DeSantis’ focus on combating the promotion of transgender ideology and critical race theory in schools has garnered attention and support from conservatives, who view these issues as threats to their values and principles. And many of the issues DeSantis and other conservatives have raised are valid. Polling shows that most on the Left and the Right are against sexually inappropriate materials being included in school libraries and the classroom. Indeed, a majority of Democrats supported what leftists falsely labeled the “Don’t Say Gay Bill.”
But still, it is crucial to recognize that the concerns of the working class extend beyond cultural debates. Rising inflation, higher gas prices, and increased grocery costs are having a big and a tangible impact on the everyday lives of conservative voters, and simply being anti-woke does not adequately address these economic challenges.
And so far, Team DeSantis has not articulated much of an answer to these concerns.
The working class constitutes a significant portion of Republican voters, and their concerns should not be overlooked or overshadowed by cultural battles. Issues such as stagnant wages, job security, affordable healthcare, affordable housing, and access to quality education are at the forefront of their minds. These are the bread-and-butter issues that impact one’s ability to provide for one’s families and secure a better future.
To win over the support of the working class, DeSantis must go beyond his anti-woke rhetoric and offer tangible solutions to economic concerns.
He is after all running against a pro in that department. Former President Donald Trump’s appeal to working-class voters during his political campaigns was an enormous component in his electoral success. Trump effectively tapped into the frustrations and concerns of many working-class Americans, particularly in Rust Belt states and economically struggling regions.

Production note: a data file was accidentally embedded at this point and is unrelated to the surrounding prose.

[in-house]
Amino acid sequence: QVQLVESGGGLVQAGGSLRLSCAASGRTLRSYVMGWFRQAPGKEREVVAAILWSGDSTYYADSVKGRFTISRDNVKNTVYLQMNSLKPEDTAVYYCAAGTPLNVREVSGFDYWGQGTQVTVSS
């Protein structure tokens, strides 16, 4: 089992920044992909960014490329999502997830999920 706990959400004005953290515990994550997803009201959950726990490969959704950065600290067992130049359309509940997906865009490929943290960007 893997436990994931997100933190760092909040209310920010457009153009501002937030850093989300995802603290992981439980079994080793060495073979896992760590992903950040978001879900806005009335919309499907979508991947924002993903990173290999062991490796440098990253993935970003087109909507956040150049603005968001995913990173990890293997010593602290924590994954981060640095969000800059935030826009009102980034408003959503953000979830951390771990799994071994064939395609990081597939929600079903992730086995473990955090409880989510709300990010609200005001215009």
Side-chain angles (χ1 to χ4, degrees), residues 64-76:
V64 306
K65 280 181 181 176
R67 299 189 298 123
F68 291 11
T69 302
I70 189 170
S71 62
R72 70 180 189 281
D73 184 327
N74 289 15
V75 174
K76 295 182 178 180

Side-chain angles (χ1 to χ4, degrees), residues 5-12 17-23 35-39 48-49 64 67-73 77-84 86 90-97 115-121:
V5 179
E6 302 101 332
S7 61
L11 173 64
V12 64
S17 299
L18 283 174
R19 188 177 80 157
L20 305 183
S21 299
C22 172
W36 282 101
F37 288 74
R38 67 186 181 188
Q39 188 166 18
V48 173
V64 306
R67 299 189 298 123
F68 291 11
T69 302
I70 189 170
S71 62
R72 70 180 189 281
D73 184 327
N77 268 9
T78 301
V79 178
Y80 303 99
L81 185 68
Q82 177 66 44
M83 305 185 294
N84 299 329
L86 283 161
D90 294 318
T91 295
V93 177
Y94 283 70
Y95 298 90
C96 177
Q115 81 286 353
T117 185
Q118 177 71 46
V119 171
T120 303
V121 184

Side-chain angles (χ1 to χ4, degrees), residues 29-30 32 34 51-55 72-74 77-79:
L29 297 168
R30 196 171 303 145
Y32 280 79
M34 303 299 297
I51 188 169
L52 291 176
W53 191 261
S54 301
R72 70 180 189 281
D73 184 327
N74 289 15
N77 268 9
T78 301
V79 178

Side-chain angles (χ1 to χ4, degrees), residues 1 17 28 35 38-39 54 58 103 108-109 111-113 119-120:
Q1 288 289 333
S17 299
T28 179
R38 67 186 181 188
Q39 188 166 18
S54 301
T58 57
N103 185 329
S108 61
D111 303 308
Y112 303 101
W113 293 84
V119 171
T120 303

His messaging centered around bringing back manufacturing jobs, revitalizing industries, and protecting American workers from outsourcing and unfair trade practices. Trump positioned himself as a champion of the working class, promising to prioritize their interests and revive the American economy.
Moreover, Trump’s straightforward and unfiltered communication style resonated with many working-class voters who felt ignored or marginalized by the political establishment. His use of plain language and relatable rhetoric, often delivered in his signature rallies, helped create a sense of connection and authenticity.
To put it simply, Trump spoke their language.
DeSantis has not yet shown that he can appeal to working-class voters as Trump has. To be fair, he has outlined his stance on illegal immigration, COVID policy, and other issues. But one would have thought he would have spoken to people’s economic concerns as he threw his hat into the ring, being that it is the top issue for both Republican and Democratic voters.
It’s time for DeSantis to wake up and realize that if he wants a shot at winning the GOP nomination and the White House, he’s going to have to do a lot more than assure people that he is “anti-woke.”
Jeff Charles is the host of “A Fresh Perspective” podcast and a contributor for RedState.
The views in this article are the writer’s own.